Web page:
The Elder Brother

The story of the prodigal son is one of the simplest, and yet one of the most beautiful, parables which Jesus employed to teach his disciples the great lessons of life. It has always been a favorite theme for study and discussion. Even without the higher interpretation gained through Christian Science, this parable has brought not a little comfort and hope to many an erring one. But it has been the younger son, the wayward, impulsive prodigal, who has ever appealed the more strongly to the popular imagination. The elder son has usually been overlooked or condemned. This character, however, has for us an important lesson, and must be considered in order to glean from the story its full meaning.

Before Christian Science came to illumine the Scriptures, one student felt no little sympathy for the elder brother. He was evidently obedient, faithful, industrious, and law abiding. He had been loyal to his father and consciousness in the discharge of his duties. Surely he deserved some consideration, as well as the much loved younger brother! Then, when the study of Christian Science began to show up the unlovely traits of resentment, envy, jealousy, and hatred manifested by the elder brother, there came the temptation to condemn him. Why need he envy his brother the reception given him by the father? Everything which their common parent had bestowed upon the wanderer was his also. If he had so desired, he could have made merry with his friends. Why then the bitter complaining? Studied in the light of Christian Science, however, the parables of Jesus are seen to analyze states or conditions of the human mind, and if considered from this angle rather than from the standpoint of person, they yield valuable lessons.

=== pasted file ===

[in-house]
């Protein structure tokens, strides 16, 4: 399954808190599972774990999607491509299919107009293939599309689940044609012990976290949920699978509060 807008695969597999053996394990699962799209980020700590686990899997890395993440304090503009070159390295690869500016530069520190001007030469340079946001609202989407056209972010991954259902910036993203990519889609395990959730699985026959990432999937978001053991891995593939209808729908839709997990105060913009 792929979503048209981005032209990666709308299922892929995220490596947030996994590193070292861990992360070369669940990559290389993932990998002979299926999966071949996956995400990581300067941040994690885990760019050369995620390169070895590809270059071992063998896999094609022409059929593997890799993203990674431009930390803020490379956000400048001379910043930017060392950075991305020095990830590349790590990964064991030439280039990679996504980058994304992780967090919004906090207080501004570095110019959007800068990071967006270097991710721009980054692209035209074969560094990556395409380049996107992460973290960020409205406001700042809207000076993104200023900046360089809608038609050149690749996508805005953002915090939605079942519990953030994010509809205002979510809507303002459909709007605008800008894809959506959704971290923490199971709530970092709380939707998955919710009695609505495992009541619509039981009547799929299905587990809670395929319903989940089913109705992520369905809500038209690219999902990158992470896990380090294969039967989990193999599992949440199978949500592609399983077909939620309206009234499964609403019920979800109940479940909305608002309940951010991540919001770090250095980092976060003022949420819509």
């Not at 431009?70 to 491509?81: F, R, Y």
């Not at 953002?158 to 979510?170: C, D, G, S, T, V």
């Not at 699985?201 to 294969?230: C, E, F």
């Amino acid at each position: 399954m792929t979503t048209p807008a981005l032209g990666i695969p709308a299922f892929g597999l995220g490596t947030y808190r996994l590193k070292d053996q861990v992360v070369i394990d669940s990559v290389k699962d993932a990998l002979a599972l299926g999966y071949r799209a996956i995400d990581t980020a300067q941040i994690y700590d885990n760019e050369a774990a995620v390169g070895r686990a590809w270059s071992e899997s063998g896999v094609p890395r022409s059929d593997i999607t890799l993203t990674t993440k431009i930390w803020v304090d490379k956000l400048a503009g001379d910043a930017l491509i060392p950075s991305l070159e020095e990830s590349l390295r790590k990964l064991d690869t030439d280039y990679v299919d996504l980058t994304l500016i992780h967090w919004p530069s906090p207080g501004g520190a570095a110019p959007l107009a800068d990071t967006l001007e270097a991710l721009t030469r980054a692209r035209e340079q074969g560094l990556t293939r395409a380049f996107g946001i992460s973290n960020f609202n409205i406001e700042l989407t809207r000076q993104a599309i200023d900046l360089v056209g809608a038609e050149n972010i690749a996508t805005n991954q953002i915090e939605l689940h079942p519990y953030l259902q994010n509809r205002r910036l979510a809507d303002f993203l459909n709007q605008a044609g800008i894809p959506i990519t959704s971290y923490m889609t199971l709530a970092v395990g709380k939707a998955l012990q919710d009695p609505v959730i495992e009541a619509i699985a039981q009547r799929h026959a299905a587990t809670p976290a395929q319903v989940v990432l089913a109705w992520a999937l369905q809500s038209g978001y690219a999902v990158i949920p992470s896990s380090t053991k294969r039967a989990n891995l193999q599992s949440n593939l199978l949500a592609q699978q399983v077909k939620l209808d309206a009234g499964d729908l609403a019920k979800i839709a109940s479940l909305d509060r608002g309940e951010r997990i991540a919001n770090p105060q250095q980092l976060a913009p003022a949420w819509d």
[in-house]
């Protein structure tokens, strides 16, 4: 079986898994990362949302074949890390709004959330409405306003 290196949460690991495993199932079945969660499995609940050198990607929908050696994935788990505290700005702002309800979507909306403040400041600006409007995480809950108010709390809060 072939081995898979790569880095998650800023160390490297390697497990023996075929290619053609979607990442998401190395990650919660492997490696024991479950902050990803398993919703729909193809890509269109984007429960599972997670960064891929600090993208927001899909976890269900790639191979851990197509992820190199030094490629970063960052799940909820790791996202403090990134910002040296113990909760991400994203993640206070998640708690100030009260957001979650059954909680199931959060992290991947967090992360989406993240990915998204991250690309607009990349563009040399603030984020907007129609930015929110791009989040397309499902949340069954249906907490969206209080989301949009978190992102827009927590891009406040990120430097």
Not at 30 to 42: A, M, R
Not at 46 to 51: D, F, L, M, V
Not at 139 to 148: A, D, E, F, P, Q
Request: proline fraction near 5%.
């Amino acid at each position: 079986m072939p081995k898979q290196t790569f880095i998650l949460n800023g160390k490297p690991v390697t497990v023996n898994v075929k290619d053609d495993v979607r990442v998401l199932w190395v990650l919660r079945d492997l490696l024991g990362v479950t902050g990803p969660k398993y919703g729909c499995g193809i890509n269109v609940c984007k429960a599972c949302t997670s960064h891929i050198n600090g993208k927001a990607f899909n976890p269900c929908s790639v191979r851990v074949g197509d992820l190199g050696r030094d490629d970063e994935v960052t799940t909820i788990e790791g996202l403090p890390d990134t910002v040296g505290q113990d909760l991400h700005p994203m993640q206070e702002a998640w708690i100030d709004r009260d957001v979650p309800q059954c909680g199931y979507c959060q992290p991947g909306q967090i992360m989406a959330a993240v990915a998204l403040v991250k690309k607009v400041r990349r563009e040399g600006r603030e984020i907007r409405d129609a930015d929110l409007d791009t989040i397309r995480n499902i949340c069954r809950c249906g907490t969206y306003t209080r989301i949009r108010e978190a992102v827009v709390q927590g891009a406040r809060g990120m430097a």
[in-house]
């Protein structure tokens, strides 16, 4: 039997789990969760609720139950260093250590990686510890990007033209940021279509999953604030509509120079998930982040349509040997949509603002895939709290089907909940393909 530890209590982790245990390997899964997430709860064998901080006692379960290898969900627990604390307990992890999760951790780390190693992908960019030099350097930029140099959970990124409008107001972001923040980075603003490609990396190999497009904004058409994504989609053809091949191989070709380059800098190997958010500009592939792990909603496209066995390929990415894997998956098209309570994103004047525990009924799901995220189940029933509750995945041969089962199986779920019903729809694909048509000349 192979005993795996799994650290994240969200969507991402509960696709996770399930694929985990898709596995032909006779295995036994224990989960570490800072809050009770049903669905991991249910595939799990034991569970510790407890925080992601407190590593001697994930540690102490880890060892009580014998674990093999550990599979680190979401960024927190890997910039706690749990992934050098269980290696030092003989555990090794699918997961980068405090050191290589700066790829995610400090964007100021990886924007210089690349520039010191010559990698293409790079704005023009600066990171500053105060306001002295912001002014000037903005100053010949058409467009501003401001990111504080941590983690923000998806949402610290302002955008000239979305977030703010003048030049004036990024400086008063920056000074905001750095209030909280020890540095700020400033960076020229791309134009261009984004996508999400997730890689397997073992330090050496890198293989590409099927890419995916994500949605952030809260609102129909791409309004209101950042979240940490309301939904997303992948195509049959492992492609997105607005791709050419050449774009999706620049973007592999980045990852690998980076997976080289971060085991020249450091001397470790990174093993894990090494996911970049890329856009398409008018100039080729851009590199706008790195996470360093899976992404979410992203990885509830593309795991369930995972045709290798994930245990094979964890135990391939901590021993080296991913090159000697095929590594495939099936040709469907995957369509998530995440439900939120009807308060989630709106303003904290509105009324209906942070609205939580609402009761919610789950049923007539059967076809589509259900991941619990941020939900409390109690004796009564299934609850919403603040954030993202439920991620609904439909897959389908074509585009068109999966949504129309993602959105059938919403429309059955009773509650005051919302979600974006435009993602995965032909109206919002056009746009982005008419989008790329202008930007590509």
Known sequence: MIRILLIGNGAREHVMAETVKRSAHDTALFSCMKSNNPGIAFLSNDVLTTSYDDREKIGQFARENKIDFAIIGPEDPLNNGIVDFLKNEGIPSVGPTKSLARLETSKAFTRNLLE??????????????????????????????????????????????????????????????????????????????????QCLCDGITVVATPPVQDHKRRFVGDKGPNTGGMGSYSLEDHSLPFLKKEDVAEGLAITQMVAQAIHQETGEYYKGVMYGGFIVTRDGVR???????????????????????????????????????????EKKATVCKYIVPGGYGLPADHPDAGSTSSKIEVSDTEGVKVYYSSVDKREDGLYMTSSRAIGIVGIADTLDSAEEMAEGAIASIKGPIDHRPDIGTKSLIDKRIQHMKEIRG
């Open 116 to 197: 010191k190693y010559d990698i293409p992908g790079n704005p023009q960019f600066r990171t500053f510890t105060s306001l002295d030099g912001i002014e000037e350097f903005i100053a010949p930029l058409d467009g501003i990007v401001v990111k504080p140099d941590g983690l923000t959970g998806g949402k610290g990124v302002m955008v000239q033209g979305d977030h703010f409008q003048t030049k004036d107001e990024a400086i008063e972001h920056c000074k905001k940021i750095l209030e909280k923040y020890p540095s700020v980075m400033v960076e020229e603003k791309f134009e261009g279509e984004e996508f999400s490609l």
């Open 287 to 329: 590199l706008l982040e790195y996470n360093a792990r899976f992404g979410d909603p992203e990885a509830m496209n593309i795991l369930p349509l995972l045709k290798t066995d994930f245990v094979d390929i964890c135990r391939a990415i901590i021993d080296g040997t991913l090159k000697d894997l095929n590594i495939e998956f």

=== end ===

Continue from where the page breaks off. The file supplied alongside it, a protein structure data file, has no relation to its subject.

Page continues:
In the remarkable picture of the father and the father's attitude towards his sons in the above-mentioned parable, Jesus undoubtedly intended to reveal to his disciples the character of his heavenly Father and His loving attitude towards all of His creation. In the character of these sons we are given two outstanding types of human consciousness—the repentant consciousness weary of materiality with its resultant suffering, as typified by the younger brother, and the self-righteous thought, priding itself upon human goodness and faithfulness to duty, filled with jealousy and resentment towards those whom it considers less worthy than itself, as brought out in the character of the elder brother.

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"Know thyself"
July 7, 1928

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